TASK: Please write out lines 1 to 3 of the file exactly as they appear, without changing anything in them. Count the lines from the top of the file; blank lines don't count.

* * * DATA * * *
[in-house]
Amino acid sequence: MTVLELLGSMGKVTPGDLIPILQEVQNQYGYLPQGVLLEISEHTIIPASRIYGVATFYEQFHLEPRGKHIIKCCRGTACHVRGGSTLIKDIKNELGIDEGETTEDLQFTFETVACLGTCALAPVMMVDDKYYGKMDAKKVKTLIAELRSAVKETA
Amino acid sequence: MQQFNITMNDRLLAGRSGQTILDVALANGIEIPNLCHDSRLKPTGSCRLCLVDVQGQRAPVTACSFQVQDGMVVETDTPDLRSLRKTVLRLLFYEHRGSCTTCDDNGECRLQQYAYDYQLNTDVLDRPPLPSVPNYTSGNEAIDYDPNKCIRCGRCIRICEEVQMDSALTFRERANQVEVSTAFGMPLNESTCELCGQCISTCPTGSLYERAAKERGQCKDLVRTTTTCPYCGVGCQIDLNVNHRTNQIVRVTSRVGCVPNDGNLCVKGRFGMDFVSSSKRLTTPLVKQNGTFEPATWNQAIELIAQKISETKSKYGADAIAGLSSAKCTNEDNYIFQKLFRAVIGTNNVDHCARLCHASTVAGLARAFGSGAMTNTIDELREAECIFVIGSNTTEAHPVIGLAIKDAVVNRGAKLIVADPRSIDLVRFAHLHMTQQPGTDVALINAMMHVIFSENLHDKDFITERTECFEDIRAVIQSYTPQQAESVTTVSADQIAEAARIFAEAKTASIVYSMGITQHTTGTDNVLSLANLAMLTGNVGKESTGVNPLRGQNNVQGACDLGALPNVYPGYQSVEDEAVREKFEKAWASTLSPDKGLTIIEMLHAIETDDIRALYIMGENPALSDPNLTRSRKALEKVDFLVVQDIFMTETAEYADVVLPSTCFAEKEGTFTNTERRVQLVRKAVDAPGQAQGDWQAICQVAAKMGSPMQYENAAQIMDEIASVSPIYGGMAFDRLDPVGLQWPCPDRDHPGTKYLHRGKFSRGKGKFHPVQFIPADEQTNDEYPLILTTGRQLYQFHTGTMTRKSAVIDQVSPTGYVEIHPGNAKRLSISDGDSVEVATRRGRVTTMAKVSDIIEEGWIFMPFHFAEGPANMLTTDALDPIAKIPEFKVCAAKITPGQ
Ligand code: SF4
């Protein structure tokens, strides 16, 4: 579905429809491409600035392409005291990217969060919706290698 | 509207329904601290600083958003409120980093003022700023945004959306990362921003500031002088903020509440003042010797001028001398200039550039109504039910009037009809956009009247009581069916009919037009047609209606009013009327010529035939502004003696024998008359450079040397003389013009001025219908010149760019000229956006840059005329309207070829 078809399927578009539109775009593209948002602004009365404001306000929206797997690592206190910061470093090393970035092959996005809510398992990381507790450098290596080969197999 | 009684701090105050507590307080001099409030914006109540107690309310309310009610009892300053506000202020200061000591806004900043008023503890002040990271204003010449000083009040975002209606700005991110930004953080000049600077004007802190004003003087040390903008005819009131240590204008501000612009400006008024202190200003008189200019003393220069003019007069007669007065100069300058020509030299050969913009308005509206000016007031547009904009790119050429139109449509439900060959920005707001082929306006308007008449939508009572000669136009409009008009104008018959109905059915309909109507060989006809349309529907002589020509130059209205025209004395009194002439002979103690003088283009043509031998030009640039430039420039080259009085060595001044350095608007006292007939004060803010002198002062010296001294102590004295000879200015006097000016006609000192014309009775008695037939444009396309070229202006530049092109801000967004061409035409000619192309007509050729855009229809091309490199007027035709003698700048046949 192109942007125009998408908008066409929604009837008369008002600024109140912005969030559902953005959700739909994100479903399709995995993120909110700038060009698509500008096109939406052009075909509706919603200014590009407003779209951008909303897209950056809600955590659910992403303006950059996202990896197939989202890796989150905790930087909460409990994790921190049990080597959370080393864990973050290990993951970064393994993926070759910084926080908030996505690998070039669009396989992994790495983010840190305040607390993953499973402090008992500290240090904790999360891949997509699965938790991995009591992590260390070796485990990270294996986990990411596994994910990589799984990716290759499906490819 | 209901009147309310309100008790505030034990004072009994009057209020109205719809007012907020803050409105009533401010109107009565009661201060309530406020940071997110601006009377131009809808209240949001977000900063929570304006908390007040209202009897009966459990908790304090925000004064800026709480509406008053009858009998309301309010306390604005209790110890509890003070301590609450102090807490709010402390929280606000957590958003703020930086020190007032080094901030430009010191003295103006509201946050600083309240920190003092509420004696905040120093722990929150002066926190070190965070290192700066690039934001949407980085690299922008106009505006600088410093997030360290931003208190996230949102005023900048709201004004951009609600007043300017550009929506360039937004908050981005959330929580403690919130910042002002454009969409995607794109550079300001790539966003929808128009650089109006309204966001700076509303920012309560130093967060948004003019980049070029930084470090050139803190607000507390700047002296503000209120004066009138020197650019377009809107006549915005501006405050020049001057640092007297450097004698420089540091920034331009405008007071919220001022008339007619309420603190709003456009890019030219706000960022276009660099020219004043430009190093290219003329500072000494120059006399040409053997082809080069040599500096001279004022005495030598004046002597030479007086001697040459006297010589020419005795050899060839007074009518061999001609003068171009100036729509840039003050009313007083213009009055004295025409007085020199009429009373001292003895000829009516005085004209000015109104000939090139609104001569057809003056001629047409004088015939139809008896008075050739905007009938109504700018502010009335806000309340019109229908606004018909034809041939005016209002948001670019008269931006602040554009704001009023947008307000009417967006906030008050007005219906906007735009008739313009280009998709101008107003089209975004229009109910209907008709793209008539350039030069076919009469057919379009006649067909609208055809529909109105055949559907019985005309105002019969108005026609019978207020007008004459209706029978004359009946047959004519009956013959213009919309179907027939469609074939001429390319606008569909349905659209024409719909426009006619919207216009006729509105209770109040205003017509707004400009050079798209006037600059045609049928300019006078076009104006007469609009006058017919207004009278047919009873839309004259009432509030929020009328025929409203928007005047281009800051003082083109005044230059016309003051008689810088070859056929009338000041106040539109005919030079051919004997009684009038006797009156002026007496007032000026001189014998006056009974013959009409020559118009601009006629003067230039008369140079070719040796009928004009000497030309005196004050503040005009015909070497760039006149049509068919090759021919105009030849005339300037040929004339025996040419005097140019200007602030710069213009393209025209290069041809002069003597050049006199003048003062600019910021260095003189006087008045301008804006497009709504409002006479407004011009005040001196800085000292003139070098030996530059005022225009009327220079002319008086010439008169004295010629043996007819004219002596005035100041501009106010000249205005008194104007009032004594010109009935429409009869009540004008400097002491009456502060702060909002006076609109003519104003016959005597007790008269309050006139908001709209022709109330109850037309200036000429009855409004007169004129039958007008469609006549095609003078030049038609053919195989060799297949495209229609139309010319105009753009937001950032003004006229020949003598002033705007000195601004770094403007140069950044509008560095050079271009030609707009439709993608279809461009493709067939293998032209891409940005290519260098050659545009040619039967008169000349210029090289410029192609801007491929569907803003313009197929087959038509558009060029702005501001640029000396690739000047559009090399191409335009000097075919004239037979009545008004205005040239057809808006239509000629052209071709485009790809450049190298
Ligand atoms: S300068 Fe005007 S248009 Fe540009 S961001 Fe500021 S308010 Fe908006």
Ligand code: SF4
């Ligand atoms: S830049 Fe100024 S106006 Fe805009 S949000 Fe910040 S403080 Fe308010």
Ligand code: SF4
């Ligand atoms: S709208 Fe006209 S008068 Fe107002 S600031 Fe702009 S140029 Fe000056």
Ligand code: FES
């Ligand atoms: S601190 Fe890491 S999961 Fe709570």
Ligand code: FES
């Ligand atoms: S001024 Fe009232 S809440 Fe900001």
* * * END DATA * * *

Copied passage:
[in-house]
Amino acid sequence: MTVLELLGSMGKVTPGDLIPILQEVQNQYGYLPQGVLLEISEHTIIPASRIYGVATFYEQFHLEPRGKHIIKCCRGTACHVRGGSTLIKDIKNELGIDEGETTEDLQFTFETVACLGTCALAPVMMVDDKYYGKMDAKKVKTLIAELRSAVKETA
Amino acid sequence: MQQFNITMNDRLLAGRSGQTILDVALANGIEIPNLCHDSRLKPTGSCRLCLVDVQGQRAPVTACSFQVQDGMVVETDTPDLRSLRKTVLRLLFYEHRGSCTTCDDNGECRLQQYAYDYQLNTDVLDRPPLPSVPNYTSGNEAIDYDPNKCIRCGRCIRICEEVQMDSALTFRERANQVEVSTAFGMPLNESTCELCGQCISTCPTGSLYERAAKERGQCKDLVRTTTTCPYCGVGCQIDLNVNHRTNQIVRVTSRVGCVPNDGNLCVKGRFGMDFVSSSKRLTTPLVKQNGTFEPATWNQAIELIAQKISETKSKYGADAIAGLSSAKCTNEDNYIFQKLFRAVIGTNNVDHCARLCHASTVAGLARAFGSGAMTNTIDELREAECIFVIGSNTTEAHPVIGLAIKDAVVNRGAKLIVADPRSIDLVRFAHLHMTQQPGTDVALINAMMHVIFSENLHDKDFITERTECFEDIRAVIQSYTPQQAESVTTVSADQIAEAARIFAEAKTASIVYSMGITQHTTGTDNVLSLANLAMLTGNVGKESTGVNPLRGQNNVQGACDLGALPNVYPGYQSVEDEAVREKFEKAWASTLSPDKGLTIIEMLHAIETDDIRALYIMGENPALSDPNLTRSRKALEKVDFLVVQDIFMTETAEYADVVLPSTCFAEKEGTFTNTERRVQLVRKAVDAPGQAQGDWQAICQVAAKMGSPMQYENAAQIMDEIASVSPIYGGMAFDRLDPVGLQWPCPDRDHPGTKYLHRGKFSRGKGKFHPVQFIPADEQTNDEYPLILTTGRQLYQFHTGTMTRKSAVIDQVSPTGYVEIHPGNAKRLSISDGDSVEVATRRGRVTTMAKVSDIIEEGWIFMPFHFAEGPANMLTTDALDPIAKIPEFKVCAAKITPGQ